Before we get on to the awesome guest post by Stacey, I wanted to let y’all know that the Red launch blog tour continues today at Word for Teens!
Take it Stacey!
Stacey Wallace Benefiel here. I’m the author of the YA Zellie Wells trilogy, the Day of Sacrifice series and The Toilet Business, a collection of essays. Many thanks to Kait for letting me invade her blog for a day.
With the publishing of Red, Kait became an author that writes for young adults as well as the adult set. Writing for these two age groups is something I know a little bit about and I thought I’d share how I do it.
Switching back and forth between YA and paranormal romance for adults isn’t as hard for me now as it was when I first started writing both at the same time. I was putting the finishing touches on Glimmer, the second Zellie book, when I started writing Day of Sacrifice.
At first, it was like my brain was both the mother and the daughter in Freaky Friday. The grown-up characters were saying Omigod way too frequently. They’d fall into crazy crushing first love LOVE too fast. I’d hesitate and worry over putting too much description in a sex scene, only to realize that getting to write a sex scene involving adult characters and not teenagers (and thus not feeling pervy about it) was supposed to be the fun part. I’d wanted to write something for adults so that I didn’t have to hold back.
Vice versa, I didn’t hold back enough in Glimmer and ended up getting complaints that I’d put too much description in one of the make-out scenes.
Oh Lord, if those people had read what I’d originally wrote!
Not wanting to be known as a YA porn pusher or the author of Amish paranormal romance, I developed a guideline:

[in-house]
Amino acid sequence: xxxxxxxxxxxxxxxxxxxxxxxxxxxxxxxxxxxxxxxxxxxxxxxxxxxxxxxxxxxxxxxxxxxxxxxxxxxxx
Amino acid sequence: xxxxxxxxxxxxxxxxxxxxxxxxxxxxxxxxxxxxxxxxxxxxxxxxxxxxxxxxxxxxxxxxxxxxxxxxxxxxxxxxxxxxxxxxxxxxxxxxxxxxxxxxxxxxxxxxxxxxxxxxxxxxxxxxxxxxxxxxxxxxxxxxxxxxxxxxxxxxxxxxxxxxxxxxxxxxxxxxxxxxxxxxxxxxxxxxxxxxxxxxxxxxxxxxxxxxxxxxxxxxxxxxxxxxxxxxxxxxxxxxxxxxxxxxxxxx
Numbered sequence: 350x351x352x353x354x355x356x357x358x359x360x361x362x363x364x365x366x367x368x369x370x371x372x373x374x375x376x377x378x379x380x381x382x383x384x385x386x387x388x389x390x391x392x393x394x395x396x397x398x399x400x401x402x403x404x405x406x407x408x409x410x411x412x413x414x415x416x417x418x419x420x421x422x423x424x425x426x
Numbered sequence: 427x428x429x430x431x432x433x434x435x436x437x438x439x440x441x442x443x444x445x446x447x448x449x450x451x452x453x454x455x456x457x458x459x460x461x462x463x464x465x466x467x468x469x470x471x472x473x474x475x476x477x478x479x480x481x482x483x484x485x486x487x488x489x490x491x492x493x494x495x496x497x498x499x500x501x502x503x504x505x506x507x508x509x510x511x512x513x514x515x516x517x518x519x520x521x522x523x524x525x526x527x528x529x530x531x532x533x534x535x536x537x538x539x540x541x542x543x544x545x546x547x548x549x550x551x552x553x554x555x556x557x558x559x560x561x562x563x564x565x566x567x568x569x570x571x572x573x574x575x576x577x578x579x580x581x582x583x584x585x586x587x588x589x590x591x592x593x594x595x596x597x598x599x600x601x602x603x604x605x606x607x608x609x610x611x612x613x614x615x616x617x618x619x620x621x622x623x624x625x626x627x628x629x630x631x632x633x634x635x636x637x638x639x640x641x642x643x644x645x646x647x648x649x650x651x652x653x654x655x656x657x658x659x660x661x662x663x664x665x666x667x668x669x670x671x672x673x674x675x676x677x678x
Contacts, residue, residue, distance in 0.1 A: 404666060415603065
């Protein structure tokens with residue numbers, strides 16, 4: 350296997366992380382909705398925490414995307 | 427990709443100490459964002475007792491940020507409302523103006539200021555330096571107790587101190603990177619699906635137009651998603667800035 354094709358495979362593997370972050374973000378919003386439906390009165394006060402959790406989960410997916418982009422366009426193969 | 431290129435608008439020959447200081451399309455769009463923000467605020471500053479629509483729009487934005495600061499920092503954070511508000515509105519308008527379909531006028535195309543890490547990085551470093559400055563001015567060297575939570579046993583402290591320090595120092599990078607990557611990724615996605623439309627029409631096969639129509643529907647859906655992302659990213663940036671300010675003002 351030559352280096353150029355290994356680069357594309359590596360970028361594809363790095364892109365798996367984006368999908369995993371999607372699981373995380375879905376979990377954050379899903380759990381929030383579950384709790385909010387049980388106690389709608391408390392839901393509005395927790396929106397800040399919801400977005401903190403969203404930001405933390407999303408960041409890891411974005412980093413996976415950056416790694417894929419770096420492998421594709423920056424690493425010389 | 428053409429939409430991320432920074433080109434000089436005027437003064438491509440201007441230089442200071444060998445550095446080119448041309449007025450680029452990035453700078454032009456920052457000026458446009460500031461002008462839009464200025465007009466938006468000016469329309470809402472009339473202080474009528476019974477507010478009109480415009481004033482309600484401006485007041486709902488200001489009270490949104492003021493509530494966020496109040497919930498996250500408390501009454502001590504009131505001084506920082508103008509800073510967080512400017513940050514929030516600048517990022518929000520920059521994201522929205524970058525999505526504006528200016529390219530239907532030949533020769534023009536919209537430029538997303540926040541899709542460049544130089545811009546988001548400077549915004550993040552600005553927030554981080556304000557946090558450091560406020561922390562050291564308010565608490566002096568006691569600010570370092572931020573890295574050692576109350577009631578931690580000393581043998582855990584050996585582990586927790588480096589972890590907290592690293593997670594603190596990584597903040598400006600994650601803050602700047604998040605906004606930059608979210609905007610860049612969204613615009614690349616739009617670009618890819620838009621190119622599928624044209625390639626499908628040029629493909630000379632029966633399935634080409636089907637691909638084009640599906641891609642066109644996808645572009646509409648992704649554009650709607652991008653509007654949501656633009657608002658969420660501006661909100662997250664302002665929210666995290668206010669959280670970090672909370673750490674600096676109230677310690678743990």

The basics of storytelling are the same, but what gets edited out is different.
All writers give each of their characters a distinct voice, whether the characters are teens or adults. Getting into the headspace to write sixteen-year-old Zellie requires the same amount of work for me as getting into the headspace to write forty-five-year-old Cara Grant. So, while I’m writing them, I don’t worry about who my target audience is.
When it comes time to edit, that’s when I start making the differentiations.
* Cursing, drinking/smoking/drug use and sex are statements. There has to be a reason for teen characters to do these things for the first time. It’s a big deal.
*Slang is allowed to run rampant.
*Stupid mistakes should happen because that’s all part of growing up.
*Infatuation/lust/love – all the same thing.
In adult fiction:
*Cursing, drinking/smoking/drug use and sex are all things that adults have earned the right to do. There still needs to be a reason they’re doing them, but the reason can be “because they want to.”
*Slang has to be kept in check and age appropriate. An eighty-year-old woman is not going to say “Doh!” Adult characters usually have a couple of terms that stick with them from the teen years. These terms should be used sparingly.
*The characters have learned from their mistakes. Situations that are plausible for a teen, like endlessly fretting over if a cute guy likes you likes you and then making out with his best friend to see if he gets jealous, don’t hold up for adult characters.
*Love and saying, “I love you” should only happen after the character knows for sure that it’s not just infatuation/lust. Adults have been through it enough times to tell these emotions apart.
After I started keeping these rules in mind during edits, I found it was a lot easier for me to write YA and adult paranormal romance simultaneously.
Now if I could only come up with some rules to help me keep the different worlds I’ve created separate! 🙂
Stacey Wallace Benefiel is the author of the Zellie Wells trilogy, the Day of Sacrifice series and The Toilet Business, a collection of essays. She lives in an orange house in Beaverton, OR with her husband and their two young children. For more information on Stacey and her books: http://staceywallacebenefiel.com